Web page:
Studying mutual funds has served as an excellent laboratory for numerous researchers interested in testing for market efficiency. Based on over 4 decades of mutual fund performance studies there now exists a strong consensus on the inability of mutual funds to beat the market after all relevant fees are deducted. More specifically, the alpha's on the estimated factor models are significantly negative, by about the amount equal to the fees that are charged. The vast majority of these studies however focused on the US mutual fund industry which in terms of assets under management and holding of the domestic equity market is far ahead of the rest of the world. 1 More recently several studies turned to European mutual funds as data coverage on non-US markets improved. However, most European studies focus on individual countries, which makes it difficult to draw comprehensive conclusions across countries. 2 A notable exception to this is offered by Otten and Bams (2002). By studying a survivorship bias free sample of 506 mutual funds from France, Germany, Italy, United Kingdom and The Netherlands they find that the average European mutual fund produces an alpha that is insignificantly different from zero. Adding back management fees, led to 4 out of 5 countries exhibiting significant outperformance at an aggregate level. The authors argue that the smaller market importance of European mutual funds might put them in a better position to follow or even beat the market. This in sharp contrast to US funds which represent over 30% of stock market capitalisation, while European funds only represent about 10% of their local stock market capitalisation. Evidence on emerging market mutual funds is scarce. Based on for instance Ferraira et al. (2006) and Khorana, Servaes, and Tufano (2005) there is a positive relation between risk-adjusted performance and variables like the strength of legal institutions and the development of the capital market. Following those arguments it is expected that emerging market mutual funds underperform. On the other hand, several studies of emerging market mutual funds based in mature markets document an outperformance. For instance, Borensztein and Gelos (2000) have shown that managers of emerging market mutual funds are characterised by better market timing. On average, they were able to rebalance their portfolios at least one month before a crisis. A more recent study by Huij and Post (2009) finds that US mutual funds investing in emerging markets are able to generate returns that are sufficiently large to cover their expenses. Also, the authors document a strong persistence in performance of past winners over past losers. They conclude by stating that emerging market funds generally display better performance than US funds. The two above mentioned studies are based on emerging market funds, based in mature markets (such as the US). Based on informational advantages one could suspect that local (domestic) investors would outsmart foreign investors, especially in emerging markets. This is well documented by for instance Brennan and Cao (1997), Coval and Moskowitz (1999) and Hau (2001). Otten and Bams (2007) examine local versus foreign mutual fund performance in a developed market, the United States, and find no difference. Therefore, our study will focus on mutual funds, operating and investing in an emerging market, in contrast to previous studies that scrutinize emerging market funds from mature markets investing in emerging markets. We choose to study the Polish fund market for three reasons. First, in the group of Central European countries that became members of the European Union (EU), Poland was characterised as the most developed mutual fund market. Secondly, the Polish fund market provides an opportunity to study a fast growing market. During the 8-year period of our analysis the number of funds grew by 23% per year and the total value of assets under management grew tenfold. Thirdly, in contrast to studies on Polish pensions funds by Voronkowa and Bohl (2005) and Stanko (2003) studies on the Polish mutual funds market are scant. To our knowledge the only published study on the topic is the paper by Swinkels and Rzezniczak (2009). Based on a sample of 38 surviving funds from January 2000 to April 2007 they conclude that Polish funds produce 1-factor CAPM alpha's that are insignificantly different from zero. We extend the above mentioned analysis of Polish funds by Swinkels and Rzezniczak (2009) in three ways. First, we employ an extended survivorship controlled database of 140 funds (over the January 2000 to January 2008 period). Second, we measure performance using the 4-factor Carhart model designed to control for investment style. Third, we add persistence tests to measure the extent to which Polish mutual funds exhibit a predictable return behaviour. The main added value of our study to the existing mutual fund literature is threefold. First, it provides evidence on the performance of emerging market funds managed within an emerging market, in contrast to studies that analysed funds from the perspective of mature markets investing in emerging markets. This sheds light on the performance of local versus foreign fund managers. Second, the Polish fund market enables us to study the impact of a fast growing market on fund performance. Third, we study performance and persistence in performance in an emerging market using a survivorship bias controlled database using state of the art multi-factor asset pricing models. The paper is organized as follows: The next section presents the development and characteristics of Polish mutual fund industry. Section 3 contains data description and summary statistics of the data. Section 4 provides a description of the model used to evaluate performance. The results of the analysis are described in Section 5. Finally, Section 6 presents conclusions.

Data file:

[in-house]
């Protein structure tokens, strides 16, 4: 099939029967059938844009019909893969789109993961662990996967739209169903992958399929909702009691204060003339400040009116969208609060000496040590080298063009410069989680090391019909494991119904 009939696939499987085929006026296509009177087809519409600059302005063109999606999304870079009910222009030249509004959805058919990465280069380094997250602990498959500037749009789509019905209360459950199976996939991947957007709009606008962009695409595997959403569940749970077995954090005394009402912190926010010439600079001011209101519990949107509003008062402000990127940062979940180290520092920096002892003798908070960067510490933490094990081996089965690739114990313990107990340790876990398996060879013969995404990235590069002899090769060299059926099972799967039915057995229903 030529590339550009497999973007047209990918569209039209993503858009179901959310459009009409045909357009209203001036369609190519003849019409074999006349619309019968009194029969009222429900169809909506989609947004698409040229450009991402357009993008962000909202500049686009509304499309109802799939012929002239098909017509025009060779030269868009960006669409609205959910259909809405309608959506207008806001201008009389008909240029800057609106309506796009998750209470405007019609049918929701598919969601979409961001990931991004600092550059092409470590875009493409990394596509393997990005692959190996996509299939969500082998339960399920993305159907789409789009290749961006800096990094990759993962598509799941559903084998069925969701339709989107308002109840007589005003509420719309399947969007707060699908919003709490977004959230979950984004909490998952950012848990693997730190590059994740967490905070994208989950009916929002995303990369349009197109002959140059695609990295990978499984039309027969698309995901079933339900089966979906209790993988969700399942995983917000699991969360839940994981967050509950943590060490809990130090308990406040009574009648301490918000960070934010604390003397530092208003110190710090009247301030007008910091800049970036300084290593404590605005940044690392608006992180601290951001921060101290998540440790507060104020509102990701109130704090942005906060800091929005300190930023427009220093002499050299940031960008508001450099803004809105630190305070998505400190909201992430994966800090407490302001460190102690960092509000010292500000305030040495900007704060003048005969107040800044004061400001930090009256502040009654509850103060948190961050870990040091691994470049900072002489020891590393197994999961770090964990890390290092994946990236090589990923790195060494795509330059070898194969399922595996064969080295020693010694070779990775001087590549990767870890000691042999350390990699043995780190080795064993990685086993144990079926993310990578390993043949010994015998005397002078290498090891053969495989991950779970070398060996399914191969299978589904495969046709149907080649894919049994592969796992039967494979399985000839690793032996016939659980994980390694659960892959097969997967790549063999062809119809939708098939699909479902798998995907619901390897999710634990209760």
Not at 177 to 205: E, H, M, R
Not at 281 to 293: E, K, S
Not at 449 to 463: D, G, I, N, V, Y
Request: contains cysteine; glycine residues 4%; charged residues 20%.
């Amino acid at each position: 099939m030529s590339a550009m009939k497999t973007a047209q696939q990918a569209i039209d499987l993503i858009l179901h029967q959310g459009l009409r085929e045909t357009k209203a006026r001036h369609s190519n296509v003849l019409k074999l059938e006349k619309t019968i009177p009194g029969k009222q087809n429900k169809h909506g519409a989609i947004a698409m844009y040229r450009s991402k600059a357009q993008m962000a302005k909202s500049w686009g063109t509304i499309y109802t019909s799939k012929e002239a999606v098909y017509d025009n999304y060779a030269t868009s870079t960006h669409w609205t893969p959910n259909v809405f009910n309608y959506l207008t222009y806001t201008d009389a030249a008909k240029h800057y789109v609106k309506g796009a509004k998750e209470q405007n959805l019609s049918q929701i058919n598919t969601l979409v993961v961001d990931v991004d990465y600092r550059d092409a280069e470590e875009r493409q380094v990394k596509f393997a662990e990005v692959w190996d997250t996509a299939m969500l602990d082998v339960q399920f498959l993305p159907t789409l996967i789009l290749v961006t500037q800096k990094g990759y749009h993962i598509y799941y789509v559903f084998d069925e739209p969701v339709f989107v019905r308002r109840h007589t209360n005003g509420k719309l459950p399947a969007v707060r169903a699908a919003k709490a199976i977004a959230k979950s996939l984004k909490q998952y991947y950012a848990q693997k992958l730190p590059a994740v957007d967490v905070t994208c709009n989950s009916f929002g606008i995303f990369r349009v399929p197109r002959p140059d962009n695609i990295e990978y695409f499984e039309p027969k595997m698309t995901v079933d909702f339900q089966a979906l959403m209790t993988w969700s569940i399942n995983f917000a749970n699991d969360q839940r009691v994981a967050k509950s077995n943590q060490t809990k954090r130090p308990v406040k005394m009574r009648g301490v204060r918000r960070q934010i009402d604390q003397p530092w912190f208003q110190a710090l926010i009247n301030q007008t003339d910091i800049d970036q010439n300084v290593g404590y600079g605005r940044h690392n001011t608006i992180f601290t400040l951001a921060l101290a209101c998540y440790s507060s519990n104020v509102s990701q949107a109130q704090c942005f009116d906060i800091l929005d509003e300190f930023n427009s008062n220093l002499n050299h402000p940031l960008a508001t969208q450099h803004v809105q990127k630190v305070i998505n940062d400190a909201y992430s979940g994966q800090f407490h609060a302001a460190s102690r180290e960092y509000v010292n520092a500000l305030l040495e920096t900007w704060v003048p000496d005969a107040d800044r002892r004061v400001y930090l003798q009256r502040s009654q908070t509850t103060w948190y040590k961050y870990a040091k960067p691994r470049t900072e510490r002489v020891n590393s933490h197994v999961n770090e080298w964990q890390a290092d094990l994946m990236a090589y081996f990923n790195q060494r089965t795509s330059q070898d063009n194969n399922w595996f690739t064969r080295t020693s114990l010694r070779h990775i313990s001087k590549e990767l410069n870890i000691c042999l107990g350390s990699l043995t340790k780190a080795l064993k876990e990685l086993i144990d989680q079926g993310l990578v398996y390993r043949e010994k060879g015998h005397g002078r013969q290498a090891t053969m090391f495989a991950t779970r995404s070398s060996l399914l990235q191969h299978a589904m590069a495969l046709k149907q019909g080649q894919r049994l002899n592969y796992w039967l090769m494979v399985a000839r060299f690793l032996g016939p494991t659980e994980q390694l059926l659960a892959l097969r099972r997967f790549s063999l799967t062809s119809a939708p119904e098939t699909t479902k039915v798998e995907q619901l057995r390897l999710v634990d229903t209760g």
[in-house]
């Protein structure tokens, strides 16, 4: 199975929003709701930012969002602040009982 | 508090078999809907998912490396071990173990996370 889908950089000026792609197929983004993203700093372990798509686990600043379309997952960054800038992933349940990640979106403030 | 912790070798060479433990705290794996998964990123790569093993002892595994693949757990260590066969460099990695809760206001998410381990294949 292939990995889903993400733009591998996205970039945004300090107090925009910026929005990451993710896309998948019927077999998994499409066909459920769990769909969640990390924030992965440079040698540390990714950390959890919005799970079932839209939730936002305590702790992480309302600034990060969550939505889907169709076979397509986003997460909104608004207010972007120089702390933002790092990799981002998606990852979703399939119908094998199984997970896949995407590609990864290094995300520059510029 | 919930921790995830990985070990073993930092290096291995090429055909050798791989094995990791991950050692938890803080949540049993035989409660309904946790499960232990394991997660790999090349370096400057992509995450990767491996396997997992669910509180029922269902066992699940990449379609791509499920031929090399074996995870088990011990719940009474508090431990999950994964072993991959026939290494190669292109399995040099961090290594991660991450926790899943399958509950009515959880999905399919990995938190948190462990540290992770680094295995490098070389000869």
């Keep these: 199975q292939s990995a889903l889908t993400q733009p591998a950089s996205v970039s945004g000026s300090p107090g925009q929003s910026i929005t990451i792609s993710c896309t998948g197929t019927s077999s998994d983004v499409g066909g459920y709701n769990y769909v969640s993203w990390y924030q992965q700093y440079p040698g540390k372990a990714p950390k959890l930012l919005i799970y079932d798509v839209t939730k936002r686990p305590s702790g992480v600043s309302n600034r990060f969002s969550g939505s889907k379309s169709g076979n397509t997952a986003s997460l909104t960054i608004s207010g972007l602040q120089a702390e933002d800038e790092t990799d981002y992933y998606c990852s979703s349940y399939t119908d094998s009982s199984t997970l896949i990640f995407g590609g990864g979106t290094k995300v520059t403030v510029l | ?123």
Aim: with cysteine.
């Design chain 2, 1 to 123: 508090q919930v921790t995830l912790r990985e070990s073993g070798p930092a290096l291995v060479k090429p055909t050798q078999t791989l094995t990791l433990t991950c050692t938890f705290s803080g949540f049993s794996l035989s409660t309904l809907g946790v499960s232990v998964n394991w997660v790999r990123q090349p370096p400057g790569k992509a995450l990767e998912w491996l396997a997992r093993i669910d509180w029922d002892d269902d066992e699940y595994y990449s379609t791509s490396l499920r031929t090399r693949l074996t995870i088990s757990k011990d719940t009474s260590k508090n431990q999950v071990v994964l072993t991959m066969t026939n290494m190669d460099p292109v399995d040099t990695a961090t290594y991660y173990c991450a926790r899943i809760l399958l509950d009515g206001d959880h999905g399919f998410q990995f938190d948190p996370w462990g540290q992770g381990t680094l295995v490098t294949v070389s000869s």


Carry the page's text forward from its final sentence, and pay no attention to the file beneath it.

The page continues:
نتیجه گیری انگلیسی
This study investigates the Polish mutual fund industry. More specifically we test the performance and persistence in performance of a survivorship controlled sample of 140 mutual funds over the 2000–2008 period using a multi-factor Carhart model. The Polish mutual fund industry provides an excellent opportunity to test performance in an emerging market. On the one hand weaker legal institutions and an underdeveloped capital market might influence mutual fund performance negatively. On the other hand the small size of the industry compared to the total market capitalisation and the presumably less efficient market creates opportunities for managers to beat the market. Our main conclusions are five-fold. First, we corroborate the evidence found in previous studies on developed markets; Polish funds underperform their relevant benchmarks. Second, domestic funds outperform international funds. While domestic funds produce Carhart alpha's that are indifferent from zero, international funds underperform significantly. Third, both domestic and international funds have exposure outside their region. That is, international funds exhibit a home bias and domestic funds also invest internationally. This confirms earlier results where domestic investors profit from informational advantages over foreign investors. Fourth, adding back management fees to excess returns leads to significantly positive alpha's for domestic funds, while international funds now produce alphas that are indifferent from zero. This reveals the fact that domestic managers are able to beat their local market, but charge investors too much for this. Fifth, we document strong persistence in performance. The strategy of buying last year's top funds and selling last year's bottom funds yields a return in the range of 13.44–17.52% per year. In contrast to previous studies, this effect is both driven by icy hands and hot hands. More specifically, the strategy of buying winners produces significantly positive alpha's while the losers produce significantly negative alpha's.